• F.W. de Klerk became president of South Africa in
    1989.
  • He legalized the ANC and released Mandela in
    1990.
  • In 1994, South Africa held an election in which
    people of all races could vote.

41
  • Mandela was elected president.
  • He was succeeded in 1999 by Thabo Mbeki.

42
Southeast Asia
  • Vietnam and Cambodia

43
Vietnam
  • Vietnam had been ruled by the French since the
    mid-1800s.
  • Ho Chi Minh, leader of the Vietminh an alliance
    of nationalist and communist groups, declared
    Vietnam free.
  • Defeated by the Vietminh, the French abandoned
    Vietnam which became divided in 1954 with a
    communist north and a non-communist south.

44
The Vietnam War
  • Ho Chi Minh, now leader of communist North
    Vietnam, supported the Viet Cong, a group of
    communist rebels who were trying to overthrow
    Diem, the South Vietnamese government.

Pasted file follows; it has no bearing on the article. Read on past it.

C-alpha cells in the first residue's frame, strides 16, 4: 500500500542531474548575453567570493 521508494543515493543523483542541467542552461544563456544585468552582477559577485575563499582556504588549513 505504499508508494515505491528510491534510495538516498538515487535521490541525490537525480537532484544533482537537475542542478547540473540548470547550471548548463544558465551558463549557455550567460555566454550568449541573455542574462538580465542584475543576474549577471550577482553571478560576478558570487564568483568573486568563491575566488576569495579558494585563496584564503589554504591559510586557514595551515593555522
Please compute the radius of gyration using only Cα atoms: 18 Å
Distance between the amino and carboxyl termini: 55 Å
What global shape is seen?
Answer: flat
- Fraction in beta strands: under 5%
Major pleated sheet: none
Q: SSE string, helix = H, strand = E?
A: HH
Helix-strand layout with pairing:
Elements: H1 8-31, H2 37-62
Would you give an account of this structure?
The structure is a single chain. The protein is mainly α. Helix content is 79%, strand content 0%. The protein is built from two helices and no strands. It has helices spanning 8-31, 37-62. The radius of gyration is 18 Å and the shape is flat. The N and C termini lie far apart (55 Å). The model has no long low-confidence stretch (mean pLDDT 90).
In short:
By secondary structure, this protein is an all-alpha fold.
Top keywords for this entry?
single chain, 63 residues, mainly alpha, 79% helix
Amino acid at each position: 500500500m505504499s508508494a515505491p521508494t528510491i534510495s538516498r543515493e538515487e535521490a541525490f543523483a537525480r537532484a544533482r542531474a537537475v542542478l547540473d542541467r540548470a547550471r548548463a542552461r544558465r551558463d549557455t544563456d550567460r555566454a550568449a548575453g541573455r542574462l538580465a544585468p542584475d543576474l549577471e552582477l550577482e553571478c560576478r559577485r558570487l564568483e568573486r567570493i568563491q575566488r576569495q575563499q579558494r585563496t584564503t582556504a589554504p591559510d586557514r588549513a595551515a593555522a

45
  • The United States sent troops to support Diems
    government.
  • The Vietnam War lasted from 1959 to 1975 when
    antiwar sentiment in the U.S. forced President
    Nixon to withdraw all American forces from
    Vietnam.

46
  • In 1975, Saigon, the capital of South Vietnam,
    fell and the country reunited under communist
    control.

47
Cambodia
  • During the Vietnam War, Cambodia served as a
    supply route for the Viet Cong and North
    Vietnamese forces.
  • In 1969, American forces bombed and then invaded
    Cambodia to destroy the route.

48
  • After the Americans left, Cambodian communist
    guerillas, known as the Khmer Rouge, took control
    of the government.
  • Under the leadership of Pol Pot, the Khmer Rouge
    began a reign of terror to remove all western
    influence from Cambodia.

49
  • More than a million Cambodians were slaughtered
    in what became known as the Killing Fields.
  • In 1979, Vietnamese forces invaded Cambodia and
    occupied the country until the 1990s, when a
    settlement was negotiated to end the civil war.
  • UN peacekeepers monitored elections, but some
    fighting continued.